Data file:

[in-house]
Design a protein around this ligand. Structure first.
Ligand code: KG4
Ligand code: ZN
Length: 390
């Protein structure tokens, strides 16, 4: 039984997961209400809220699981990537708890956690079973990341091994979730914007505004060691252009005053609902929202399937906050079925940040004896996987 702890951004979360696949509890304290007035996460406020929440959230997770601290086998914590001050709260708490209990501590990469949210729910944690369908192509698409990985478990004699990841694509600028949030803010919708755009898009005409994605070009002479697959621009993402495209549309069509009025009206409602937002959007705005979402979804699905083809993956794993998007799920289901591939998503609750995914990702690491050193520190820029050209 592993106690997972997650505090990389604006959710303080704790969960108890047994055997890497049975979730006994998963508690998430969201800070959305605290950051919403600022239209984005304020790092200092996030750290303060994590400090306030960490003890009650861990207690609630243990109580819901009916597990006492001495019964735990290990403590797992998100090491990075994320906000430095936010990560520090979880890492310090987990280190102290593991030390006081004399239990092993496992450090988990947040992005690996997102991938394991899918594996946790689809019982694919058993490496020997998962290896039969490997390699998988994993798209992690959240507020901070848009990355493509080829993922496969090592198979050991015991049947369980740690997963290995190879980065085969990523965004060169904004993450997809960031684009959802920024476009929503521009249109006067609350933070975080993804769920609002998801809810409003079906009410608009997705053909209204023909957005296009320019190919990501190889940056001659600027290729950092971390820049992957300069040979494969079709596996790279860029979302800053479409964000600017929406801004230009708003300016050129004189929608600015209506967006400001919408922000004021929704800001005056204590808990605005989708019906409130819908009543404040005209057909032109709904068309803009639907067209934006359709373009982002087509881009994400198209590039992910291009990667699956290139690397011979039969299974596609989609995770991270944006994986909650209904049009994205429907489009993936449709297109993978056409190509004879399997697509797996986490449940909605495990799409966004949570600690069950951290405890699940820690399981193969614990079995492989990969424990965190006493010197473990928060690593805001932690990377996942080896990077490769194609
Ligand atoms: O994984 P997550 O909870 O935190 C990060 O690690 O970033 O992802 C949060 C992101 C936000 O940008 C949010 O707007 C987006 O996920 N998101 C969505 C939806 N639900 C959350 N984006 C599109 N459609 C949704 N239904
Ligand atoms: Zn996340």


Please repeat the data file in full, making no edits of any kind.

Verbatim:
[in-house]
Design a protein around this ligand. Structure first.
Ligand code: KG4
Ligand code: ZN
Length: 390
């Protein structure tokens, strides 16, 4: 039984997961209400809220699981990537708890956690079973990341091994979730914007505004060691252009005053609902929202399937906050079925940040004896996987 702890951004979360696949509890304290007035996460406020929440959230997770601290086998914590001050709260708490209990501590990469949210729910944690369908192509698409990985478990004699990841694509600028949030803010919708755009898009005409994605070009002479697959621009993402495209549309069509009025009206409602937002959007705005979402979804699905083809993956794993998007799920289901591939998503609750995914990702690491050193520190820029050209 592993106690997972997650505090990389604006959710303080704790969960108890047994055997890497049975979730006994998963508690998430969201800070959305605290950051919403600022239209984005304020790092200092996030750290303060994590400090306030960490003890009650861990207690609630243990109580819901009916597990006492001495019964735990290990403590797992998100090491990075994320906000430095936010990560520090979880890492310090987990280190102290593991030390006081004399239990092993496992450090988990947040992005690996997102991938394991899918594996946790689809019982694919058993490496020997998962290896039969490997390699998988994993798209992690959240507020901070848009990355493509080829993922496969090592198979050991015991049947369980740690997963290995190879980065085969990523965004060169904004993450997809960031684009959802920024476009929503521009249109006067609350933070975080993804769920609002998801809810409003079906009410608009997705053909209204023909957005296009320019190919990501190889940056001659600027290729950092971390820049992957300069040979494969079709596996790279860029979302800053479409964000600017929406801004230009708003300016050129004189929608600015209506967006400001919408922000004021929704800001005056204590808990605005989708019906409130819908009543404040005209057909032109709904068309803009639907067209934006359709373009982002087509881009994400198209590039992910291009990667699956290139690397011979039969299974596609989609995770991270944006994986909650209904049009994205429907489009993936449709297109993978056409190509004879399997697509797996986490449940909605495990799409966004949570600690069950951290405890699940820690399981193969614990079995492989990969424990965190006493010197473990928060690593805001932690990377996942080896990077490769194609
Ligand atoms: O994984 P997550 O909870 O935190 C990060 O690690 O970033 O992802 C949060 C992101 C936000 O940008 C949010 O707007 C987006 O996920 N998101 C969505 C939806 N639900 C959350 N984006 C599109 N459609 C949704 N239904
Ligand atoms: Zn996340």